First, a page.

Canon number one, inside the decree concerning the most holy sacrament of the Eucharist, canon number one, if anyone denies that in the sacrament of the most holy Eucharist are contained truly, really and substantially the body and blood together with the soul and divinity of our Lord Jesus Christ and consequently the whole Christ but says that He is in it only as a sign or figure or force, let him be anathema. Damnation is pronounced on anybody who says that Christ is not actually there, body, blood, soul, divinity, in the wine and the wafer.

Canon number two, if anyone says that in the sacred and holy sacrament of the Eucharist the substance of the bread and wine remains conjointly with the body and blood of our Lord Jesus Christ…that is they’re both there…and denies that wonder and singular change of the whole substance of the bread into the body and the whole substance of the wine into the blood, the appearances only of bread and wine remaining, which changed the Catholic Church most apply calls transubstantiation, let him be anathema.

In other words, if you say the body and blood as well as the soul and divinity of Christ are not there in the wine and the bread, you’re anathematized. If you say He’s only there along with the bread and the wine, you’re also damned. What you have to say is He’s there and the bread and the wine are not there although they appear to be there.

Canon number eight, if anyone says that Christ received in the Eucharist is received spiritually only and not also sacramentally and really, let him be anathema. That is if you say that in taking the bread in, taking the host, as they call it, which the bread is the only thing given to the communicant, if you say that Christ is only there spiritually and not sacramentally and really, you’re damned.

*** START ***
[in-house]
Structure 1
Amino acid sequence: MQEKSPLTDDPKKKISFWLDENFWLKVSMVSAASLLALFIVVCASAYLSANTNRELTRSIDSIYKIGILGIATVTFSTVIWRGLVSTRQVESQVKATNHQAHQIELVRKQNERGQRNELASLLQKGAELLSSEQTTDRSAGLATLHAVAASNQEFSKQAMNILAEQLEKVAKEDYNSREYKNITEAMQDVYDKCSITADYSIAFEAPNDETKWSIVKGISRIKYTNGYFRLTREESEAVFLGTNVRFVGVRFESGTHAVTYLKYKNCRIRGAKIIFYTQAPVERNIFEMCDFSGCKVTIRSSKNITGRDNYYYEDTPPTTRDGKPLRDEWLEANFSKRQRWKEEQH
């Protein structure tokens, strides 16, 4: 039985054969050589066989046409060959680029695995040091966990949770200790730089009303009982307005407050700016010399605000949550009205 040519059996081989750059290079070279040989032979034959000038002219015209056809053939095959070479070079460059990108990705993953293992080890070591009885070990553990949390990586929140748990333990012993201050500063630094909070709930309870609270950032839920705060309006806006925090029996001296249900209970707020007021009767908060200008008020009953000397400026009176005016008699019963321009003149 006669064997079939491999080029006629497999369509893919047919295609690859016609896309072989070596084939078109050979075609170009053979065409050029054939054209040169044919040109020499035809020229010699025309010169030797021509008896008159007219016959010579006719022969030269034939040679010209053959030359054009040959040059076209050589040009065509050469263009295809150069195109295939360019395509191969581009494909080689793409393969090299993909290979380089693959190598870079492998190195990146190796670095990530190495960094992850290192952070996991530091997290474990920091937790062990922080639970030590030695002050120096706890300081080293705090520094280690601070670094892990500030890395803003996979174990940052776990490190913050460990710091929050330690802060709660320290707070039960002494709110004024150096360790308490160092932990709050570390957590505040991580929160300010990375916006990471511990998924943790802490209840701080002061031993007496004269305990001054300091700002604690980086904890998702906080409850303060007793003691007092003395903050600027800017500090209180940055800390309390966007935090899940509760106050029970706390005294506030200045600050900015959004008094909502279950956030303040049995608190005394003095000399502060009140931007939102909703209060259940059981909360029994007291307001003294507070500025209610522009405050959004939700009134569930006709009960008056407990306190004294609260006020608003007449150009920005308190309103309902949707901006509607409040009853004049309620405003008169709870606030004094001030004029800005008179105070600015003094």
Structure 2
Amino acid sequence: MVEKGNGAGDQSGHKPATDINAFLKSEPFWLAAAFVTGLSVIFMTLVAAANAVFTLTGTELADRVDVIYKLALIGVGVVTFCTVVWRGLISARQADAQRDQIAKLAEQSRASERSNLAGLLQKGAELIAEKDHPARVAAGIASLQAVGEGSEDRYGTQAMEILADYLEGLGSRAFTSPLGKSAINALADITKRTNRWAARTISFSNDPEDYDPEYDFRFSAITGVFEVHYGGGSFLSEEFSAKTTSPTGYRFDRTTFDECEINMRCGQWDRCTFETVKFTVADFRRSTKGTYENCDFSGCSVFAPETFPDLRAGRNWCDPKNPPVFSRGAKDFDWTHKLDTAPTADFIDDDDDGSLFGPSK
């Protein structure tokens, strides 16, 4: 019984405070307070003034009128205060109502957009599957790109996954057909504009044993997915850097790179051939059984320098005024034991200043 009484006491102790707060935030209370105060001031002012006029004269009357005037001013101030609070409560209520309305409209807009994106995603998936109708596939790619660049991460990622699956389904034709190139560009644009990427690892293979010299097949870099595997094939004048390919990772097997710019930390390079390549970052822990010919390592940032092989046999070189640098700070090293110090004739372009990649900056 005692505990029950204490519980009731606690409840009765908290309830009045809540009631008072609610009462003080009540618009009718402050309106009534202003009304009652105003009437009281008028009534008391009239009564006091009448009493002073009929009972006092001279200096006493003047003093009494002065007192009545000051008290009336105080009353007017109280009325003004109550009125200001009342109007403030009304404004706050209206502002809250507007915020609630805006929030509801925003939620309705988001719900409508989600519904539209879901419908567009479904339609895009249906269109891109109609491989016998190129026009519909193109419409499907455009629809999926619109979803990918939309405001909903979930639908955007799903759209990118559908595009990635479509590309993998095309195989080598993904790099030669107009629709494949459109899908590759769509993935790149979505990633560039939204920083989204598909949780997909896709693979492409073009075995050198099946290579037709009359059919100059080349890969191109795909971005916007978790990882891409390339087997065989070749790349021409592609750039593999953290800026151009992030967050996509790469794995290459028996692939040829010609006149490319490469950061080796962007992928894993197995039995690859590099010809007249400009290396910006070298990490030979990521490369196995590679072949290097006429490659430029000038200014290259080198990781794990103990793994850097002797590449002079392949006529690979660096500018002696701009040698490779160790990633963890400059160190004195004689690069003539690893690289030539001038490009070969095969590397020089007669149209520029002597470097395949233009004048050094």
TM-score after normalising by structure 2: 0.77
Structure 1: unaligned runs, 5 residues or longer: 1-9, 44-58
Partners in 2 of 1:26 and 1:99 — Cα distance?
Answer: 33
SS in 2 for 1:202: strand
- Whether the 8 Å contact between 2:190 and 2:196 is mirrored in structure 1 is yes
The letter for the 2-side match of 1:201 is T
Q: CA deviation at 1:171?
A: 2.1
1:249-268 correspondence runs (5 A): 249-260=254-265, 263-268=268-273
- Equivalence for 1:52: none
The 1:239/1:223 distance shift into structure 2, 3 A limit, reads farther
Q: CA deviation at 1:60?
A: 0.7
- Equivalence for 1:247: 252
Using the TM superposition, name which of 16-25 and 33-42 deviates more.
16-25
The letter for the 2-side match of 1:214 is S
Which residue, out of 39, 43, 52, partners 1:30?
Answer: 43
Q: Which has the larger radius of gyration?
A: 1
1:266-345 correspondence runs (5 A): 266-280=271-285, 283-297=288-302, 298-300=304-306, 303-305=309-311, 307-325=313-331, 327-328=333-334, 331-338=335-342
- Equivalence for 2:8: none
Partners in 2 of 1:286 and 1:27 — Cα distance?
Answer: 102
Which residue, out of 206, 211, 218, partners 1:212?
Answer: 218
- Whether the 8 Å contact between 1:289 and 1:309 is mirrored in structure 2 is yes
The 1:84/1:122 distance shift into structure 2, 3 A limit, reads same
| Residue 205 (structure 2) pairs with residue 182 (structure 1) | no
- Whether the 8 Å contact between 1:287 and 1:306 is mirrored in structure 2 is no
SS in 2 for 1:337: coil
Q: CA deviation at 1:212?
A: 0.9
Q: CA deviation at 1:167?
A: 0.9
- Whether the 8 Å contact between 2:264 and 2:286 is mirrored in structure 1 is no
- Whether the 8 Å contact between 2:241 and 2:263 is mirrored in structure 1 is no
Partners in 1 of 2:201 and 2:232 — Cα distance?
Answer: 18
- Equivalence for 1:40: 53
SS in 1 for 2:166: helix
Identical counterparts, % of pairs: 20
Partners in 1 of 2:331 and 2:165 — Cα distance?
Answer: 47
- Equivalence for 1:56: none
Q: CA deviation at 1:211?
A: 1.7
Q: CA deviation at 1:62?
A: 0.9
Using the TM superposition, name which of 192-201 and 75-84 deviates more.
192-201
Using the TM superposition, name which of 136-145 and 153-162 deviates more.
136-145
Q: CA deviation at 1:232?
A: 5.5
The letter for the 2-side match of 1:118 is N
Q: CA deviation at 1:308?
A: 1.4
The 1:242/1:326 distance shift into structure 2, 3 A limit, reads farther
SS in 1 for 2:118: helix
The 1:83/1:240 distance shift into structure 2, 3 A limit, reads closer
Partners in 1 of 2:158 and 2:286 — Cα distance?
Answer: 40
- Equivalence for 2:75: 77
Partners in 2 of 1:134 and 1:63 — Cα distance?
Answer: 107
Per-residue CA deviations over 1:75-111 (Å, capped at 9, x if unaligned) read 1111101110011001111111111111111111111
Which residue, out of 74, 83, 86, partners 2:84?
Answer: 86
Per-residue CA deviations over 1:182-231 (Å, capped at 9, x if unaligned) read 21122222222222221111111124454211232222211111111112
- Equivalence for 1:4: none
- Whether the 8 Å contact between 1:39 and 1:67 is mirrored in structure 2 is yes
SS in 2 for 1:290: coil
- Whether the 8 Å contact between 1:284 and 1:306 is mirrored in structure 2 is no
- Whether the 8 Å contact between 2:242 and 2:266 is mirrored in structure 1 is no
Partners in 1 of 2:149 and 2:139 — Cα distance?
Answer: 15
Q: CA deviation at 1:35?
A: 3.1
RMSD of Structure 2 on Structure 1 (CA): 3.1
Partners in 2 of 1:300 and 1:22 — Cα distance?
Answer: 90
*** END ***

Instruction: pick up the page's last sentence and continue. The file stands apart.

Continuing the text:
Eleven years later in 1562 twenty-second session was held of the Council of Trent and this time the decree promulgated was entitled, “Doctrine Concerning the Sacrifice of the Mass.” And it’s important for you to know this, so let me just read what the second session of this decree says. “And inasmuch as in this divine sacrifice which is celebrated in the Mass is contained and immolated in an un-bloody manner, the same Christ who once offered Himself in a bloody manner on the altar of the cross, the holy Council teaches that this is truly propitiatory and has this effect, that if we contrite and penitent with sincere heart and upright faith with fear and reverence draw nigh to God, we obtain mercy and fine grace in seasonable aid.” In other words, the Mass is really Christ, it is really a sacrifice on a real altar by a real priest, just like priests in the Old Testament offered an animal on the altar as a sacrifice, the only difference is it is an unbloody one, that Christ is nonetheless immolated, or offered or sacrificed. And as a result of this, propitiation is achieved, actual satisfaction for sin is achieved.

Trent went on to say, “The victim is one and the same,” that is Christ is the victim as He was on the cross, “in this Mass, the same…that is Christ…now offering by the ministry of priests who then offered Himself on the cross.” So you’ve got tens of thousands, millions upon millions of sacrifices of Christ being made by priests and it is the same Christ, the real Christ, the actual Christ and not just a spiritual Christ but the real Christ, body, blood, spirit and divinity. And it is propitious…propitiatory.

He went on to say, Trent did, “It is well understood that it is an unbloody sacrifice, but it is no less a sacrifice. It is rightly offered for the sins, the punishments, the satisfactions and the other necessities of the faithful who are living, but also for those departed in Christ but not yet fully purified.” Where are they? Purgatory. So this is propitiation for the living and for the dead.

Now at the end of that decree which came eleven years later, there are more canons, more curses pronounced on those who would deny this. Here’s canon number one, “If anyone says that in the Mass a true and real sacrifice is not offered to God or that to be offered is nothing else than that Christ is given to us to eat, let him be anathema.” If you say we’re eating Christ, literally eating His body and blood and spirit and divinity but it’s not a sacrifice, you’re damned.